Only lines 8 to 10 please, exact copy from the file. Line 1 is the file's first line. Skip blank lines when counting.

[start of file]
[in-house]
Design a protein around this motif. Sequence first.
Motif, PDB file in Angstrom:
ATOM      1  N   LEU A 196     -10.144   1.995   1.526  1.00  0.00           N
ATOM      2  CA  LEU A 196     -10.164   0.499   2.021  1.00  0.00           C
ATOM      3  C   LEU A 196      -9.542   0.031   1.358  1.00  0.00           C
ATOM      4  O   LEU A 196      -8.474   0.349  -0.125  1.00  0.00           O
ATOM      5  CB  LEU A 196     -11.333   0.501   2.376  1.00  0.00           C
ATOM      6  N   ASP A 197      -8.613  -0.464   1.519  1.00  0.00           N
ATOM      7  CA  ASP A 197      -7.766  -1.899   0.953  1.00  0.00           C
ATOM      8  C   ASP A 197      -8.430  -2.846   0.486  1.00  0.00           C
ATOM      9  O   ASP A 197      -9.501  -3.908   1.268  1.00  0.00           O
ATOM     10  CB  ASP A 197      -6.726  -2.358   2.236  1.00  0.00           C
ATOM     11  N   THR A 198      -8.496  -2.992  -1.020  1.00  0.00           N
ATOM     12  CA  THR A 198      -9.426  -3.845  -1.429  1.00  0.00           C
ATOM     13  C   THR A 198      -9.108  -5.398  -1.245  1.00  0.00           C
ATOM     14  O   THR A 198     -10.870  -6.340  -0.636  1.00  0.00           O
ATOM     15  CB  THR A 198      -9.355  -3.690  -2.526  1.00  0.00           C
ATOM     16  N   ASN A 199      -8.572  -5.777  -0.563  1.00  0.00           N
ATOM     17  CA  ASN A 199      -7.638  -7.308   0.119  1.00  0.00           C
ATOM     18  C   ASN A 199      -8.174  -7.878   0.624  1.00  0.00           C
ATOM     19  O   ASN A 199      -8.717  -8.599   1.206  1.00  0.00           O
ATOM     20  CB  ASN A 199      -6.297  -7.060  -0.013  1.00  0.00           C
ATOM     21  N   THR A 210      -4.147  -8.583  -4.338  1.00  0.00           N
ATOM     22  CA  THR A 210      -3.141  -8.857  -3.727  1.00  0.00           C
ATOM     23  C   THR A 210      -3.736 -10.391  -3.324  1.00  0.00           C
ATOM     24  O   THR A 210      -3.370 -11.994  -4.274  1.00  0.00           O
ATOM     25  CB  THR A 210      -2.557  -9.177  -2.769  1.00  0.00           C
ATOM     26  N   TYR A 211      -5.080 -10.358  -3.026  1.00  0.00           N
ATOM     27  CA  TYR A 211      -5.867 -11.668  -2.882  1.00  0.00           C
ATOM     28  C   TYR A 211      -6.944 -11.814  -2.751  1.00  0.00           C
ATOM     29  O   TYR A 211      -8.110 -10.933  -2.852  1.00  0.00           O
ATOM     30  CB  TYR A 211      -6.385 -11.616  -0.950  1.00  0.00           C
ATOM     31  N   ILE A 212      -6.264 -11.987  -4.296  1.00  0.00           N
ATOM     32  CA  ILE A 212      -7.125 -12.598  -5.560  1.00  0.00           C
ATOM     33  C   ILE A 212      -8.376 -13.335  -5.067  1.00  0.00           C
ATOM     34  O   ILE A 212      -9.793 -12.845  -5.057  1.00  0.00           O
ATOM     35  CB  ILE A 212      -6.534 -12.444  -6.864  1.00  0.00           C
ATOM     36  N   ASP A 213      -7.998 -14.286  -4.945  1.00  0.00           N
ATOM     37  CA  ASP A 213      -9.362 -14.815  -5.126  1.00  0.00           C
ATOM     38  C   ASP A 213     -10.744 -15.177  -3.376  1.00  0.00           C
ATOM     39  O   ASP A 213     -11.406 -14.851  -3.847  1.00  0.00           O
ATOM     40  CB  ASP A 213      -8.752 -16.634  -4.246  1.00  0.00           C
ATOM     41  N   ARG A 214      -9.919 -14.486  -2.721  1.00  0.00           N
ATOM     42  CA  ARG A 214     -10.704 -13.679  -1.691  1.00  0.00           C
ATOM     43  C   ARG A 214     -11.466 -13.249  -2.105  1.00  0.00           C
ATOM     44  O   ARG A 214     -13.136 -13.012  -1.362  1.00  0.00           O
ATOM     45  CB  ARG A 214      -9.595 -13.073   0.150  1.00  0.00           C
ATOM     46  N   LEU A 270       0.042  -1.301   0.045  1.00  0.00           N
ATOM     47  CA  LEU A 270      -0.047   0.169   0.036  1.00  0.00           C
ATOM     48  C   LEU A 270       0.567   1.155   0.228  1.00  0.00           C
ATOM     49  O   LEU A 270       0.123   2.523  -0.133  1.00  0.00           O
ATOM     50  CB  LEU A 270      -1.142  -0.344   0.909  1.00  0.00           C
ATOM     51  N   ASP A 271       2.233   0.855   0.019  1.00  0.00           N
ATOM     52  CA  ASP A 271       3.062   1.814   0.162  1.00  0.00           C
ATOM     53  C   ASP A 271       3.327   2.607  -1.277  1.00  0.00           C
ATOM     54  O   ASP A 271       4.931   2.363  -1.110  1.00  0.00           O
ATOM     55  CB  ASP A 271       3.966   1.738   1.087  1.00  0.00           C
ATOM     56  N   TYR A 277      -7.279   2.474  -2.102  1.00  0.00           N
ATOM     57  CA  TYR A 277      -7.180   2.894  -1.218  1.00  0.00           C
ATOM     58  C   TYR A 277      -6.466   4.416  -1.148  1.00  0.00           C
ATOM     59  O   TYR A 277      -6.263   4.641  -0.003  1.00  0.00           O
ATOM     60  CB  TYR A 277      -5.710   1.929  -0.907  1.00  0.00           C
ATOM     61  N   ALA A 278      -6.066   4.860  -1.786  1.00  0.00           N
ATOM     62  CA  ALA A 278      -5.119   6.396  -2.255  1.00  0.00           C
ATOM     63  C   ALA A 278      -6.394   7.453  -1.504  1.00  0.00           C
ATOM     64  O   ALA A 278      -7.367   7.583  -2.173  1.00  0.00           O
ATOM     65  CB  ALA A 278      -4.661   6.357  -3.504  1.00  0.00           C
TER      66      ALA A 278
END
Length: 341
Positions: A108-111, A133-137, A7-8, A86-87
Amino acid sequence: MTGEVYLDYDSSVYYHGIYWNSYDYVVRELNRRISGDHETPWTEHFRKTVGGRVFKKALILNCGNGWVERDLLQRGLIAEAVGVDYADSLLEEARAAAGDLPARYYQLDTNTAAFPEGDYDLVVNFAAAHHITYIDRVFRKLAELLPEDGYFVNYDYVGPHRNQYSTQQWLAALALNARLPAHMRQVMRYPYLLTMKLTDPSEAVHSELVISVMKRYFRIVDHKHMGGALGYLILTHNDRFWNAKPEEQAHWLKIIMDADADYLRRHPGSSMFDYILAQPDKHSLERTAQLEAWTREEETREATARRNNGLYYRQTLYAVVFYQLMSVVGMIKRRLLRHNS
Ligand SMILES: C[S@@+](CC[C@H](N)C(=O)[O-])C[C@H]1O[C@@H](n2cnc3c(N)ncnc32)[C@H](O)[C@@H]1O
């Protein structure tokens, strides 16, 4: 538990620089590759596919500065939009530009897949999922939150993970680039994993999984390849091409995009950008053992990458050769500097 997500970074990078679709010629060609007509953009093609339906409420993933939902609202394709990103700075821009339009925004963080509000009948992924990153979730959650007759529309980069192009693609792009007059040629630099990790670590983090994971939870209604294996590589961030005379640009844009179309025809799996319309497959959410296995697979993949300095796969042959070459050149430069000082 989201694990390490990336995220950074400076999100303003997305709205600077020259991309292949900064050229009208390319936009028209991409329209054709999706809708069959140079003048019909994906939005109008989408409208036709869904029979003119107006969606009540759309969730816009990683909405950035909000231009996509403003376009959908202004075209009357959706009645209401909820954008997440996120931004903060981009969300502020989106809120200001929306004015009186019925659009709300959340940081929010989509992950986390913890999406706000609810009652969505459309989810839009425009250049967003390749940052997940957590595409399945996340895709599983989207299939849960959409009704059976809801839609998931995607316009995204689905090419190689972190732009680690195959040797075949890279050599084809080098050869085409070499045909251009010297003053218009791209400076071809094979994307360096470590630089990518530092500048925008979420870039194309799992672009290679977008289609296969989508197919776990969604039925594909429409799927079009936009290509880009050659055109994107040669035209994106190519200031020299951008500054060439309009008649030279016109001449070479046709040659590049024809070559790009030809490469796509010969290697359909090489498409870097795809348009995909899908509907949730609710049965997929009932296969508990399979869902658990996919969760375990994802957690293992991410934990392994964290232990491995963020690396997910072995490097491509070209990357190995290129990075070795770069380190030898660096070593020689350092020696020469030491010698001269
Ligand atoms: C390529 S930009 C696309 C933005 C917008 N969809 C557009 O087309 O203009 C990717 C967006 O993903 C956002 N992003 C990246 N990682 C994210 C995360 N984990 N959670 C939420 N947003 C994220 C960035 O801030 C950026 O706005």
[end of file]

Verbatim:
ATOM      5  CB  LEU A 196     -11.333   0.501   2.376  1.00  0.00           C
ATOM      6  N   ASP A 197      -8.613  -0.464   1.519  1.00  0.00           N
ATOM      7  CA  ASP A 197      -7.766  -1.899   0.953  1.00  0.00           C